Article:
We had to re-enter Karnataka to get to our next destination, Navardarshanam, an eco village community in Krishnagiri, near Bangalore and took a wrong turn. Google maps made it seem as though we could cross the border but in fact we came to the end of the road - actually the end of Tamil Nadu! A wizened looking farmer in his early 40’s joyfully told us in a mix of Tamil and Kanada as our car’s nose peered over a steep and grassy insurmountable hill, how we could go back to the main road. I was beginning to feel that all this was far from real. Perhaps, if all life is ‘maya’, illusion, then this section of ours was a re-run of The Wizard of Oz!
We were continuing on the yellow sandy road in our Zen Maruti car and noticed a lady making brooms from long dried grass. We stopped to talk to her and watch more closely for a while as she beat and stroked the brooms into shape with immense skill and concentration.
We drove past many villages and through the forrest and it became apparent, we were a rare visitor to be seen by the looks on the faces of the people we passed by. Such purposeful staring, until the imposter is out of sight, is not necessarily an act of aggression. Sometimes it is genuine curiosity and an expectation of curiosity returned. One woman even asked me to photograph her, which I did so obligingly.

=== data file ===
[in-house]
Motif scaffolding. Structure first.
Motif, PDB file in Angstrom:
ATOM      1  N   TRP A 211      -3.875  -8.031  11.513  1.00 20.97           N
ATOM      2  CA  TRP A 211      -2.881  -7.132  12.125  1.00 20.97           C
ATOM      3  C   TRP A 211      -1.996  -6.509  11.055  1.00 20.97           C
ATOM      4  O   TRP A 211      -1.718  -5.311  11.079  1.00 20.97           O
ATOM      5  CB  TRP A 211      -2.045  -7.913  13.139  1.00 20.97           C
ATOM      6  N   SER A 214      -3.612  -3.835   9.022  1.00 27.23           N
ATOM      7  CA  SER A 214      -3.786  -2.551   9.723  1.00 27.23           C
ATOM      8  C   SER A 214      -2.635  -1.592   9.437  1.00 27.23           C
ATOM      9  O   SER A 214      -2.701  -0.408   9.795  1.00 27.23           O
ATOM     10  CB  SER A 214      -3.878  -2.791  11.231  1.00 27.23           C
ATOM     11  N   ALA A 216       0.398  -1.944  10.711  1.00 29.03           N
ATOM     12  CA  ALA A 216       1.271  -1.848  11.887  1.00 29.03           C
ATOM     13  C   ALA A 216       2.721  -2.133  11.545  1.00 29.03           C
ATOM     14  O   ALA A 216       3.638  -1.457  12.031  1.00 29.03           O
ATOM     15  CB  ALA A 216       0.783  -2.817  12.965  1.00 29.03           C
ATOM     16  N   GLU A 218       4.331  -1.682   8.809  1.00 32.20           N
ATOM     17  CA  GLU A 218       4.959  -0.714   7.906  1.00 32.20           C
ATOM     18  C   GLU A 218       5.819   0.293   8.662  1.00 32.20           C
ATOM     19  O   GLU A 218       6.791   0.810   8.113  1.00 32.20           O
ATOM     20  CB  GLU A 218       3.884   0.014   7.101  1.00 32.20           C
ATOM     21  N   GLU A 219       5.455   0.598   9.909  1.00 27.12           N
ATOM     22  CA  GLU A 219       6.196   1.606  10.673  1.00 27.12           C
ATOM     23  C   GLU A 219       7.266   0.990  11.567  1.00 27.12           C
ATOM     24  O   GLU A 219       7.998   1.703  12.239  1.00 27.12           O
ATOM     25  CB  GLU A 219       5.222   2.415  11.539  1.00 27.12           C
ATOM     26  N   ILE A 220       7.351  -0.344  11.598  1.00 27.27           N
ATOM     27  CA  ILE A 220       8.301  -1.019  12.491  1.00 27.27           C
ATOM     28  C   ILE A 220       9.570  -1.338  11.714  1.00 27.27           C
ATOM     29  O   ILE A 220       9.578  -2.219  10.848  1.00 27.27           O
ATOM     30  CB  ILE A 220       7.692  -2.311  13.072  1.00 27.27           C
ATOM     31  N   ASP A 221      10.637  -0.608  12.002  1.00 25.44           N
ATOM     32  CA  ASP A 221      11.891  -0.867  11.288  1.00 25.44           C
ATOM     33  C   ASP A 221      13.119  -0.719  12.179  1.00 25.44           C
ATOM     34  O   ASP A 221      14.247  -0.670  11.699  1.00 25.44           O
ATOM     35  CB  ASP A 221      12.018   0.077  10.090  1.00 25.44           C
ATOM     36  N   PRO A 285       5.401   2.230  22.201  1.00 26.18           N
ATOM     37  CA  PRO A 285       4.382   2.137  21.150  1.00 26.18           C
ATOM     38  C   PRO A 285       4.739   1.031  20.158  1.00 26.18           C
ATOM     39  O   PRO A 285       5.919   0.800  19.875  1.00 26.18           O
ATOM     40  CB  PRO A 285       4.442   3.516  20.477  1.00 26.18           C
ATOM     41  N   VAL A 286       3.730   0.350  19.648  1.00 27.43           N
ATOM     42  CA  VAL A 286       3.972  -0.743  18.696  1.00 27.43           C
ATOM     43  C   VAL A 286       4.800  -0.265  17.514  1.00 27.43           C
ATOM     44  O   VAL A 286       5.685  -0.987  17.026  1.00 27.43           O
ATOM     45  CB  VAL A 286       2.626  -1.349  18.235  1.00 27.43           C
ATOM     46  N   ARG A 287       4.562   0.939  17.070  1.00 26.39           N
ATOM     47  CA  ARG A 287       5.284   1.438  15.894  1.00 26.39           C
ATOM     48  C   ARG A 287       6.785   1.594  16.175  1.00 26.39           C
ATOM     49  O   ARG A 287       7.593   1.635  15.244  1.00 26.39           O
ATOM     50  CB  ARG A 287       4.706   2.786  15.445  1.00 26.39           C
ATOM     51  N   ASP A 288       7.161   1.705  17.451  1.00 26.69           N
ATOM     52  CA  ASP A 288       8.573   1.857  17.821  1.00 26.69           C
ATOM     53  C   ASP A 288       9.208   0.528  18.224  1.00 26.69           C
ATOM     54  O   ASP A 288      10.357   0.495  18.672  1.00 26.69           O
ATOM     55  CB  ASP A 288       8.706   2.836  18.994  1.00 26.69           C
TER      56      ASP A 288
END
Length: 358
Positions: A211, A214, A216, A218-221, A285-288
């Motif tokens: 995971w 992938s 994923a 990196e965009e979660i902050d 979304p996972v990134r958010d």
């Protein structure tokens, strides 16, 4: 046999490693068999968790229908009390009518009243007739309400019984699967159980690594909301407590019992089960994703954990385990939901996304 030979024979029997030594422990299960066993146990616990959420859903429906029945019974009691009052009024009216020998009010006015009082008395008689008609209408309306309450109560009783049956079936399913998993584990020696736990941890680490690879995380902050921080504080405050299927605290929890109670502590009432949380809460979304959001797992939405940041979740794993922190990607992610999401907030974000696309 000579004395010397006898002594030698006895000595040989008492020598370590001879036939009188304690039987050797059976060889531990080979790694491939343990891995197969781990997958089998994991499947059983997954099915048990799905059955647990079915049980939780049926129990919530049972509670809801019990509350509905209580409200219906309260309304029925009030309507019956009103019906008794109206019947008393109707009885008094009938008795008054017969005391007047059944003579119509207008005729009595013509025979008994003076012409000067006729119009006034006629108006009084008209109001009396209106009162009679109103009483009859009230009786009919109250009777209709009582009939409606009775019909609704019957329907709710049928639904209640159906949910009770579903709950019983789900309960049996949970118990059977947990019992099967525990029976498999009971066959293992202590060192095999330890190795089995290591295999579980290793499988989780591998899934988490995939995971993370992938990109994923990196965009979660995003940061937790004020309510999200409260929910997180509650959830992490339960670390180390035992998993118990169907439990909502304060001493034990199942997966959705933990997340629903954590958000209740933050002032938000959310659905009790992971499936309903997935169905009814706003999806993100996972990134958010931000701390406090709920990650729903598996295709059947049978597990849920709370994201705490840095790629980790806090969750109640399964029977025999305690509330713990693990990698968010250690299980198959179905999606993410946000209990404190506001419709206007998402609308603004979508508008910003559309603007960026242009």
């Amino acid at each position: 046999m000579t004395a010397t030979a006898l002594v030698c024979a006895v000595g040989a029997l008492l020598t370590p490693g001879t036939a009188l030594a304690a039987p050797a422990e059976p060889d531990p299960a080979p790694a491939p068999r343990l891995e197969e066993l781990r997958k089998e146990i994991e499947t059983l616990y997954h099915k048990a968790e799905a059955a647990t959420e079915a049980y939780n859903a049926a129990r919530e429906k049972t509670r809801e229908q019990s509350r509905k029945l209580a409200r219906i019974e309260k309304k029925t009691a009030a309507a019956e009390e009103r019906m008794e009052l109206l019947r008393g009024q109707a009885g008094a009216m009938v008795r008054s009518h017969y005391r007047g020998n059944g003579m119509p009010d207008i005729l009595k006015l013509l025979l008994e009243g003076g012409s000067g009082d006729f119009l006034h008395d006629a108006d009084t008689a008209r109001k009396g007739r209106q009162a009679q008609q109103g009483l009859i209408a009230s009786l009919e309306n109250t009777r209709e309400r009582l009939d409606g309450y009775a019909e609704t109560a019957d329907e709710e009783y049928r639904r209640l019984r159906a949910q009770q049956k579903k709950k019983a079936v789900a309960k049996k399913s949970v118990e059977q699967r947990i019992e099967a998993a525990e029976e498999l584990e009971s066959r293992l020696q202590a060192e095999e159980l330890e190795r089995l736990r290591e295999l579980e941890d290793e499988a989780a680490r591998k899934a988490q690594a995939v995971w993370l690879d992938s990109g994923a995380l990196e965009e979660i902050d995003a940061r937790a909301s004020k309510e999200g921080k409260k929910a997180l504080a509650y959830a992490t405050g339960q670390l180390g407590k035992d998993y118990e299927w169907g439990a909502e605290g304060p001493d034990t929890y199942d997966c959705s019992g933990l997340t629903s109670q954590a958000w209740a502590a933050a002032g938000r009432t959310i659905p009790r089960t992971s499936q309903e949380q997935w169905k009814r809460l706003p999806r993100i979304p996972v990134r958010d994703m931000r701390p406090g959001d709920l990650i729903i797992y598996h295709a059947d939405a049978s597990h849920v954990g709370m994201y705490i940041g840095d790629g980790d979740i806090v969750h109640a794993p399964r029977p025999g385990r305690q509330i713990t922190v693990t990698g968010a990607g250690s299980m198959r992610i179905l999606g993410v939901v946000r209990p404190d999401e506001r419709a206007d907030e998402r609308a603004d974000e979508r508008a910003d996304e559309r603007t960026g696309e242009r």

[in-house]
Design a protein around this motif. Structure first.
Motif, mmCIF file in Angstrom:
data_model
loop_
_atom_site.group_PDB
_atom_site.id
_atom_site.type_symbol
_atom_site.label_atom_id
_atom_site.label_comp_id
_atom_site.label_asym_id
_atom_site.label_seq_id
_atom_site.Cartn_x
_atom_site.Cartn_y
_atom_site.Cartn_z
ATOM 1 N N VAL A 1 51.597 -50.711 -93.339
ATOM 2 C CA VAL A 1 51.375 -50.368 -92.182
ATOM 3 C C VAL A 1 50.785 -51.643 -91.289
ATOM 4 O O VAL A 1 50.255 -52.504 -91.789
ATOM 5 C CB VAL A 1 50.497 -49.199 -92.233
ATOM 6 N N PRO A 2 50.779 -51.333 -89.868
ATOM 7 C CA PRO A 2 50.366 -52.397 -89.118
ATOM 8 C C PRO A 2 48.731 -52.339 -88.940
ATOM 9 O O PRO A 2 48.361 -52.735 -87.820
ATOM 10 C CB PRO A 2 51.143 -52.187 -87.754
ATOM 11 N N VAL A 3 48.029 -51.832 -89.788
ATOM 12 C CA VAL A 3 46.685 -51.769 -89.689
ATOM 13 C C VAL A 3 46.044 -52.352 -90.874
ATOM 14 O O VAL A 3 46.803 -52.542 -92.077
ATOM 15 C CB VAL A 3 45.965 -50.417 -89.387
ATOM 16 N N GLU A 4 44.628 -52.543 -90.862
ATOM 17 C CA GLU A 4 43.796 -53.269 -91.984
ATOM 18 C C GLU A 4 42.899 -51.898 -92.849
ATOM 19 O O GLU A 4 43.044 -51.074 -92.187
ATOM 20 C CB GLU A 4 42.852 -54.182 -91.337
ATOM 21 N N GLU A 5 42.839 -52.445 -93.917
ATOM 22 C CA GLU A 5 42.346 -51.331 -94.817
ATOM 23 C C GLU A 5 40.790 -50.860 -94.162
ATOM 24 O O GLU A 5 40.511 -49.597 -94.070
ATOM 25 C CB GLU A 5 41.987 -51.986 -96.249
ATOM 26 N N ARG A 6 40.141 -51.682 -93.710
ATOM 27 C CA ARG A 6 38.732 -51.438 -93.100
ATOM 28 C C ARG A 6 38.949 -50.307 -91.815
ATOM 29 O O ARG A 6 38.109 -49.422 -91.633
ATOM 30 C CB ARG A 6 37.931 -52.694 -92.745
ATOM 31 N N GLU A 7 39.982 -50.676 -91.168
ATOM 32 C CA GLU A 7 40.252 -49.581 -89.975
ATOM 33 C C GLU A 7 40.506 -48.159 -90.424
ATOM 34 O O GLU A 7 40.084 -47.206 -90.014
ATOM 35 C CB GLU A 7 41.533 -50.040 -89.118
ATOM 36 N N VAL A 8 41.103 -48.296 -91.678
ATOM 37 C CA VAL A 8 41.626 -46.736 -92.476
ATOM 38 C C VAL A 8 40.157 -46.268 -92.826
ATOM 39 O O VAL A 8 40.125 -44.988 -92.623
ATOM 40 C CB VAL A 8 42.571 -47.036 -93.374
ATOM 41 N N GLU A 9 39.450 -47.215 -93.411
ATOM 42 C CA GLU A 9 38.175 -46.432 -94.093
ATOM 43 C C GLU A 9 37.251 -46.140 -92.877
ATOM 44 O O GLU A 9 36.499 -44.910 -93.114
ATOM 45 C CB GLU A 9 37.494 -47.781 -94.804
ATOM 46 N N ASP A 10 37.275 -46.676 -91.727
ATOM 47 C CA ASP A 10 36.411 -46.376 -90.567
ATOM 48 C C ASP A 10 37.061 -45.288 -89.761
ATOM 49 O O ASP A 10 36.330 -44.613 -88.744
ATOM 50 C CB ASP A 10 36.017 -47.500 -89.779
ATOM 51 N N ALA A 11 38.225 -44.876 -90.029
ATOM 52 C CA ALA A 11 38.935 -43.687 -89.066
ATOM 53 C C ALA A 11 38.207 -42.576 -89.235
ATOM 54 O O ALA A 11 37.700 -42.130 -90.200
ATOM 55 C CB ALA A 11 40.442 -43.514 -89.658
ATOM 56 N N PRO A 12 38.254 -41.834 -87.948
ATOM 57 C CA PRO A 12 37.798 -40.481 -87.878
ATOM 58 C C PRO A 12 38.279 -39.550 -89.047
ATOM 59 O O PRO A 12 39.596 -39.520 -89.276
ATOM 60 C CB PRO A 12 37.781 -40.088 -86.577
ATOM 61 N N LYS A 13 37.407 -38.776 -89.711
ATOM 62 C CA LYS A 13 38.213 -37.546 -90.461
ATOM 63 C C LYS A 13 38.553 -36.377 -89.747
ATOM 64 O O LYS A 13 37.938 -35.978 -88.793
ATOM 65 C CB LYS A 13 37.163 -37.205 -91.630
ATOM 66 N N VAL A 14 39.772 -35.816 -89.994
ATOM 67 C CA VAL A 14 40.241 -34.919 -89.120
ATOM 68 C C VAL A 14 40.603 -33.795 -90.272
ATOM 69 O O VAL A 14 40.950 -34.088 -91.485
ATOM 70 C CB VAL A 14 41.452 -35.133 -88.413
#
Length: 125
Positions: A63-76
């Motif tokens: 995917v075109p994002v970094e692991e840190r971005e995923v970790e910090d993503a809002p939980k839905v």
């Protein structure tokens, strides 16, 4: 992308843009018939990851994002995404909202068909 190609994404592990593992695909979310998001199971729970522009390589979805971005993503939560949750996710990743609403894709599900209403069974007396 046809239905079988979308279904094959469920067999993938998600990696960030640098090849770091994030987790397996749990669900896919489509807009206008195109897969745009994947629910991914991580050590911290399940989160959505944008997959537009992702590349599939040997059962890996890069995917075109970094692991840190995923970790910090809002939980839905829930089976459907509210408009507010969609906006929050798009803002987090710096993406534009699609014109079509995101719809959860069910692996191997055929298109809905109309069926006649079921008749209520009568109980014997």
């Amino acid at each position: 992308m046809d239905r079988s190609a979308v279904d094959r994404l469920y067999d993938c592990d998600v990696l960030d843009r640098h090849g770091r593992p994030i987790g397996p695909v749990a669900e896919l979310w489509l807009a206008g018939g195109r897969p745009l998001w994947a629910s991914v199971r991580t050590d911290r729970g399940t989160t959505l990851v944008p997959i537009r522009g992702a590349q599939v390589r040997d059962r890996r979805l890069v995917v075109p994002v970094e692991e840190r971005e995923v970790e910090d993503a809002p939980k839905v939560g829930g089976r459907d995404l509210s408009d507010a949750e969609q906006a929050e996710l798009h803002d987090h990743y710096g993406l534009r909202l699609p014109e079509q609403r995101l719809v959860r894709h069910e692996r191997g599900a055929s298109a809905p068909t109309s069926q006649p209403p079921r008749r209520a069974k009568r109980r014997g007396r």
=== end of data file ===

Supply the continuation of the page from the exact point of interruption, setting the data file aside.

Finally we found a way across the border. Navadarshanam boasts a neat and beautiful complex of homes built from clay bricks, stone and red oxide. Founded by a group of academic political activists, believing that social movements had no impact, Navadarshanam was intended to be an example to the world of sustainable living.
We were welcomed in by Nagarajan holding an impressive stick and wearing light shaded glasses and long robes adorning his slight frame, making him resemble a modern day wizard! In the outdoor light that cast beams across the buildings, he asked us questions in hushed tones. His role was to ensure we were not mere tourists but rather genuine fellow travellers on the path, as it were. We explained our Sthidhi dream, which starts with travelling transformational yoga retreats and later continues with a permanent space for food growing and personal development within community of people. It turned out our ideas were not so different from his own.